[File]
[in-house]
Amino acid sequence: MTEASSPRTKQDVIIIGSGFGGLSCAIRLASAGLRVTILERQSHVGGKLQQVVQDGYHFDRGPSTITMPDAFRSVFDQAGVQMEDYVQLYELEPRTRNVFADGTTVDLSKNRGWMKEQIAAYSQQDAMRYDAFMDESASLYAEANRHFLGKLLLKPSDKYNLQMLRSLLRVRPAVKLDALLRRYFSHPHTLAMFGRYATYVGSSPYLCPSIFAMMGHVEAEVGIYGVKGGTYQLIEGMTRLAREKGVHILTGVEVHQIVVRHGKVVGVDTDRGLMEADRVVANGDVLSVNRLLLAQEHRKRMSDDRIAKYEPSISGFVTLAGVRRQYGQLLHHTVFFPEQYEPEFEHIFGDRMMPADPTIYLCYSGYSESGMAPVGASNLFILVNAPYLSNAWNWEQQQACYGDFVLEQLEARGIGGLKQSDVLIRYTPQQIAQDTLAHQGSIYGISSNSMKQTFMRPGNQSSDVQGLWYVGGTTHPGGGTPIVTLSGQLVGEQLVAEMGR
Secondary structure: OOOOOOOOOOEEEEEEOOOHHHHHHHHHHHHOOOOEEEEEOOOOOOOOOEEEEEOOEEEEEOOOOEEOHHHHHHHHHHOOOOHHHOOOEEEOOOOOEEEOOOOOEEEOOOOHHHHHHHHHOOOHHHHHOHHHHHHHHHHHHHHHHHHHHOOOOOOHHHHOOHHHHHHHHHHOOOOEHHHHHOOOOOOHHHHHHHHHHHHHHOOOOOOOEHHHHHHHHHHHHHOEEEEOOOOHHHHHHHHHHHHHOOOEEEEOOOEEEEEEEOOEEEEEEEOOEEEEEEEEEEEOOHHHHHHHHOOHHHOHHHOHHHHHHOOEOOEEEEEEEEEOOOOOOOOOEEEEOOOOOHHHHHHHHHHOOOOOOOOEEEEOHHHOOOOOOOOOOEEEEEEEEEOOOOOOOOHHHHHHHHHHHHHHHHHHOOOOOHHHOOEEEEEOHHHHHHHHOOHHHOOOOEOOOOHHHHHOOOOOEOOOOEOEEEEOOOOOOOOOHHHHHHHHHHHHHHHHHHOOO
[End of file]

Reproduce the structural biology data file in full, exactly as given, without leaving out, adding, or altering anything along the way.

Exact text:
[in-house]
Amino acid sequence: MTEASSPRTKQDVIIIGSGFGGLSCAIRLASAGLRVTILERQSHVGGKLQQVVQDGYHFDRGPSTITMPDAFRSVFDQAGVQMEDYVQLYELEPRTRNVFADGTTVDLSKNRGWMKEQIAAYSQQDAMRYDAFMDESASLYAEANRHFLGKLLLKPSDKYNLQMLRSLLRVRPAVKLDALLRRYFSHPHTLAMFGRYATYVGSSPYLCPSIFAMMGHVEAEVGIYGVKGGTYQLIEGMTRLAREKGVHILTGVEVHQIVVRHGKVVGVDTDRGLMEADRVVANGDVLSVNRLLLAQEHRKRMSDDRIAKYEPSISGFVTLAGVRRQYGQLLHHTVFFPEQYEPEFEHIFGDRMMPADPTIYLCYSGYSESGMAPVGASNLFILVNAPYLSNAWNWEQQQACYGDFVLEQLEARGIGGLKQSDVLIRYTPQQIAQDTLAHQGSIYGISSNSMKQTFMRPGNQSSDVQGLWYVGGTTHPGGGTPIVTLSGQLVGEQLVAEMGR
Secondary structure: OOOOOOOOOOEEEEEEOOOHHHHHHHHHHHHOOOOEEEEEOOOOOOOOOEEEEEOOEEEEEOOOOEEOHHHHHHHHHHOOOOHHHOOOEEEOOOOOEEEOOOOOEEEOOOOHHHHHHHHHOOOHHHHHOHHHHHHHHHHHHHHHHHHHHOOOOOOHHHHOOHHHHHHHHHHOOOOEHHHHHOOOOOOHHHHHHHHHHHHHHOOOOOOOEHHHHHHHHHHHHHOEEEEOOOOHHHHHHHHHHHHHOOOEEEEOOOEEEEEEEOOEEEEEEEOOEEEEEEEEEEEOOHHHHHHHHOOHHHOHHHOHHHHHHOOEOOEEEEEEEEEOOOOOOOOOEEEEOOOOOHHHHHHHHHHOOOOOOOOEEEEOHHHOOOOOOOOOOEEEEEEEEEOOOOOOOOHHHHHHHHHHHHHHHHHHOOOOOHHHOOEEEEEOHHHHHHHHOOHHHOOOOEOOOOHHHHHOOOOOEOOOOEOEEEEOOOOOOOOOHHHHHHHHHHHHHHHHHHOOO